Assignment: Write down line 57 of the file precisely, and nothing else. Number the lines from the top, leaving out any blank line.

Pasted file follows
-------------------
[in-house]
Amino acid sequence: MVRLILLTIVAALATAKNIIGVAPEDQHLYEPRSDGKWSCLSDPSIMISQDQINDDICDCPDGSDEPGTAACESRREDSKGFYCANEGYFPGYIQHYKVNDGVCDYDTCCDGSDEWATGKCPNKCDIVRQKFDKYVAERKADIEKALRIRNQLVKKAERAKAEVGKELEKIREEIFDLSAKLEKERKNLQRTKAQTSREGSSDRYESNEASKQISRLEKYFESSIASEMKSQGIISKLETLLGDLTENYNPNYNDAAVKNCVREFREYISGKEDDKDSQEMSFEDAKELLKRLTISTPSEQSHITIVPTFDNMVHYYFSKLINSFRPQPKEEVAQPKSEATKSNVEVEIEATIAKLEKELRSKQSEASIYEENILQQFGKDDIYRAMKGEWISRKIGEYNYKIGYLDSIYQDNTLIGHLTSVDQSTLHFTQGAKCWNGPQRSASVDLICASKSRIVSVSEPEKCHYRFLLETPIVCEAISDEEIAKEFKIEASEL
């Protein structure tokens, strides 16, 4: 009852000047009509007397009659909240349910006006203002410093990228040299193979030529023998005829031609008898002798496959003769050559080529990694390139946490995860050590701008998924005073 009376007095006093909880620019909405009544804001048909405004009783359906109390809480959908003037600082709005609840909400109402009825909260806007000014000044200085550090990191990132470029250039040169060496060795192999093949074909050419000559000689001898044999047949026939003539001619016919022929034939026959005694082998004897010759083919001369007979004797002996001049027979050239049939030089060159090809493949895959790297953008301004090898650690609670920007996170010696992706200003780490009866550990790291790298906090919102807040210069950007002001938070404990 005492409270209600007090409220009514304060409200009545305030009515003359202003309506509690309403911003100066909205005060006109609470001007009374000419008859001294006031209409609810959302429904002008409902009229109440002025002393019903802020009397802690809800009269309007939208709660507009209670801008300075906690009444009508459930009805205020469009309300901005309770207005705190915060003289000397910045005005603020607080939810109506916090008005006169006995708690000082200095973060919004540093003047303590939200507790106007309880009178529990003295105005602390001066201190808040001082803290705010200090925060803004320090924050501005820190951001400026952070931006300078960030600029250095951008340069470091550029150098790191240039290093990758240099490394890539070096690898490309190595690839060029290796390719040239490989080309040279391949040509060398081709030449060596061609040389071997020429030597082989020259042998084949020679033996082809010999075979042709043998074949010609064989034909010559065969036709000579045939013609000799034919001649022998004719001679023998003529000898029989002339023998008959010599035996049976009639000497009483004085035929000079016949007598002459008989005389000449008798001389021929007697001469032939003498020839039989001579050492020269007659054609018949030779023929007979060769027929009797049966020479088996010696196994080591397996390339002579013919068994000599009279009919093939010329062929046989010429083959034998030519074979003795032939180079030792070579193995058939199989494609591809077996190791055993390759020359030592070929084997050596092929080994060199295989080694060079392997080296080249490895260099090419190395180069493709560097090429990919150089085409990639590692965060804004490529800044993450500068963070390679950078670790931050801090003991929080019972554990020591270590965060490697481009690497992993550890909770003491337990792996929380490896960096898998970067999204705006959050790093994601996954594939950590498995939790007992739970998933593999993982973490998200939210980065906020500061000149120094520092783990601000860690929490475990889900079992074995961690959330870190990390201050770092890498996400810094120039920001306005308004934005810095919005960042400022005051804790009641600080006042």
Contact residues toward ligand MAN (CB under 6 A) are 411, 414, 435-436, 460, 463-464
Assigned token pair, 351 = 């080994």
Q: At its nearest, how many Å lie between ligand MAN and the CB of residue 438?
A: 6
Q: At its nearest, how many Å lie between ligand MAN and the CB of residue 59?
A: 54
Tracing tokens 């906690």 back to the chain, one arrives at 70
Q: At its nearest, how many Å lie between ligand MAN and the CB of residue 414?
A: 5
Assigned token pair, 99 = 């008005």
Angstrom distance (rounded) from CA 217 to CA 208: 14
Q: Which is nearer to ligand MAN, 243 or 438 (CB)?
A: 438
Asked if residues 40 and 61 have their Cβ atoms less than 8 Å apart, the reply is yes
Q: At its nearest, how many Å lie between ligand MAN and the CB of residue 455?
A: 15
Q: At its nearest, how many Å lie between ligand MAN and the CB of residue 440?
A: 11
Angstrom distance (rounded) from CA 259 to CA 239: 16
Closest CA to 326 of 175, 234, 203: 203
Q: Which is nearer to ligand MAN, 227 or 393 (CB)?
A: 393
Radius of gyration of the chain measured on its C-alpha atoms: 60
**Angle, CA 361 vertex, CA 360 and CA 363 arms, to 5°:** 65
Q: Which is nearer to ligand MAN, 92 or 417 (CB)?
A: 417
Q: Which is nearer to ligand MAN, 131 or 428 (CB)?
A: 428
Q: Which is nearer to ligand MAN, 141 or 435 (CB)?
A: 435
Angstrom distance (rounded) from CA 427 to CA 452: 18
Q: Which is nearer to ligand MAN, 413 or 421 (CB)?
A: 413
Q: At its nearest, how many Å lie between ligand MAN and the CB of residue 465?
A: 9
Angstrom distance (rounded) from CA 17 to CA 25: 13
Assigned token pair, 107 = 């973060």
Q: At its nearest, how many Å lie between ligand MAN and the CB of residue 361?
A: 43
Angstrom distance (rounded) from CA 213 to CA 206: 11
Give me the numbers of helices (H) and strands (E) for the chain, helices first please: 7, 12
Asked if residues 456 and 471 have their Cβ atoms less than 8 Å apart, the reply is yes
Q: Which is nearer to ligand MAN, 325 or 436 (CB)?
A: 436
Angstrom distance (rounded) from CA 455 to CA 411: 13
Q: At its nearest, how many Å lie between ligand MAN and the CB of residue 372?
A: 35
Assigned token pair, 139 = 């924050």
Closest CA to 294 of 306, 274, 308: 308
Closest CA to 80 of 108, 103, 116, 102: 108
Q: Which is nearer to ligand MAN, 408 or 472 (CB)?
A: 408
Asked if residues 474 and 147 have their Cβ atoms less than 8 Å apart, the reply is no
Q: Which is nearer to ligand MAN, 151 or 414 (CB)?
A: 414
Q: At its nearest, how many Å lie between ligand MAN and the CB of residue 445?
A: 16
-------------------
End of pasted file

Q: Which is nearer to ligand MAN, 151 or 414 (CB)?